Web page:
The State of California, taken as a whole, has unequalled resources for the academic study of Buddhism. UC Berkeley, UC Los Angeles, UC Santa Barbara, and Stanford each have world-renown specialized Ph.D. programs in Buddhist Studies, as well as dedicated Centers for Buddhist Studies that promote advanced research as well as a variety of outreach programs. Together these four campuses have some two dozen faculty specialists in the art, architecture, culture, history, literature, and philosophy of Buddhism. Each of these scholars is a leader in his or her respective subfields; in addition, there are a number of eminent scholars teaching in smaller programs at UC San Diego, UC Riverside, UC Santa Cruz, and the University of Santa Clara.
While these faculty members are all familiar with the research interests and published work of their peers from other programs, to date there has been little attempt to collaborate on research or coordinate teaching across institutions. The only formal effort at cross-campus collaborative teaching was a joint Buddhist studies graduate seminar between UC Berkeley and Stanford that ran through much of the 1980s and 1990s. Berkeley and Stanford recently revived this cooperative spirit, putting together a joint colloquium series as well as sponsoring an annual Berkeley-Stanford Graduate Student conference. The student conference met over the past three years, alternating between the two campuses, and was a tremendous success.
This inaugural conference provides an opportunity not only for graduate students to present their research to a broad group of specialists, but also a venue to explore possibilities for greater cooperation and collaboration among Buddhist Studies programs throughout the UC system and with other, non-UC programs in California.
Each of the four main institutions participating in the proposed conference has a major doctoral program as well as a center sponsoring research in Buddhist Studies:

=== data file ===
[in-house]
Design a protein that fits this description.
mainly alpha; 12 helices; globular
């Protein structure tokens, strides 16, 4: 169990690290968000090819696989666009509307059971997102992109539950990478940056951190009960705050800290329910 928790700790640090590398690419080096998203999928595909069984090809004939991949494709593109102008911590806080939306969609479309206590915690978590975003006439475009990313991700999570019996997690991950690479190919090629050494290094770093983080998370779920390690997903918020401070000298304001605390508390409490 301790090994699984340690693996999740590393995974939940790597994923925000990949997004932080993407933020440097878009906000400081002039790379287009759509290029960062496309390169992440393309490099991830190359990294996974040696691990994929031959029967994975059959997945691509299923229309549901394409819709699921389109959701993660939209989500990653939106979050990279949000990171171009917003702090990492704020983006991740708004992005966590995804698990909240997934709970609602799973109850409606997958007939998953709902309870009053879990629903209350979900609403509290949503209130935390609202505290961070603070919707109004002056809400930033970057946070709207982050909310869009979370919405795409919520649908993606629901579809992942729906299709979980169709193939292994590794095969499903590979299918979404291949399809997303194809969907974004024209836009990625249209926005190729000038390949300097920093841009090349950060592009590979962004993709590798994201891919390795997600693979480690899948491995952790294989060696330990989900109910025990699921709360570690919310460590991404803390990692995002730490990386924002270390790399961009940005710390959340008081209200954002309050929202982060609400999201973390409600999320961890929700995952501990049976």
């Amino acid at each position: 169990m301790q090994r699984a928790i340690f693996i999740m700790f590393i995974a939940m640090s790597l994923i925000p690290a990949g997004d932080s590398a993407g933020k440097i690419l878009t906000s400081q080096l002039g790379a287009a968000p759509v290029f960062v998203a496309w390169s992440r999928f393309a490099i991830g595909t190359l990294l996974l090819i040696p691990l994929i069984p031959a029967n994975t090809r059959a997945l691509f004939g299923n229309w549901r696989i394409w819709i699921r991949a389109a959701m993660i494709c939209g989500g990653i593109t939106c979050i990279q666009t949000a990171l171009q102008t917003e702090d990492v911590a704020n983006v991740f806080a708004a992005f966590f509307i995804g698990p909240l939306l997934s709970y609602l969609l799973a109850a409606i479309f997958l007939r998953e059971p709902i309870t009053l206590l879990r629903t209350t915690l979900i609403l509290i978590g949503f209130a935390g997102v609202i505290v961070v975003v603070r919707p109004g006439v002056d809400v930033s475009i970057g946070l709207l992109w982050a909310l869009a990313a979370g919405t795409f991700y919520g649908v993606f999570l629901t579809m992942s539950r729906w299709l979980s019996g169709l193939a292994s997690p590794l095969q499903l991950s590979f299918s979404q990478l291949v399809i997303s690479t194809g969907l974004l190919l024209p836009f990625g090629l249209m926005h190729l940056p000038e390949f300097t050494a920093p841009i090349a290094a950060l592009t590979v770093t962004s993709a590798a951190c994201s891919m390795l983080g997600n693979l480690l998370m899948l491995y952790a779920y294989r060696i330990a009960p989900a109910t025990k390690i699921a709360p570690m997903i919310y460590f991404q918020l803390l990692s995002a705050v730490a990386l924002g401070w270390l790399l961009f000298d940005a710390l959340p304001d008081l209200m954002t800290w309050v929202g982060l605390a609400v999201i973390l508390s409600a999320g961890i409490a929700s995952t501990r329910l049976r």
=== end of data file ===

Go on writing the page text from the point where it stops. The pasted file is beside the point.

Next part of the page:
While UC Berkeley's Center for Buddhist Studies is assuming organizational responsibilities for this inaugural conference, the understanding among the four participating universities is that administrative/hosting duties for this annual event will rotate among the participating universities from year to year.
The UC/Stanford Graduate Student Conference in Buddhist Studies will begin on the afternoon of Friday, March 28, 2008 and run through midday Sunday, March 30, 2008. The conference will have two main components:
1. Panels of vetted graduate student papers followed by faculty responses.
These panels will provide graduate students with the unique opportunity to present their work to Buddhist Studies faculty from four universities and receive both formal and informal feedback from them. The students will be given an opportunity to identify areas of mutual interest and to share resources. Intellectually and professionally, therefore, this conference offers a venue for students to develop their scholarship and make important connections in their chosen field of study.
2. Workshops to discuss issues of mutual interest to our programs, and to explore possibilities for collaborative research and teaching mentioned above.
Specific issues to be discussed include:
- sharing visiting scholars across campuses,
- student and faculty exchanges,
- use of electronic classroom technology for graduate seminars and for teaching rarely taught languages,
- formation of cross-campus examination and dissertation committees,
- identification of possible topics for long-term multicampus research initiatives,
- coordination of future fundraising efforts.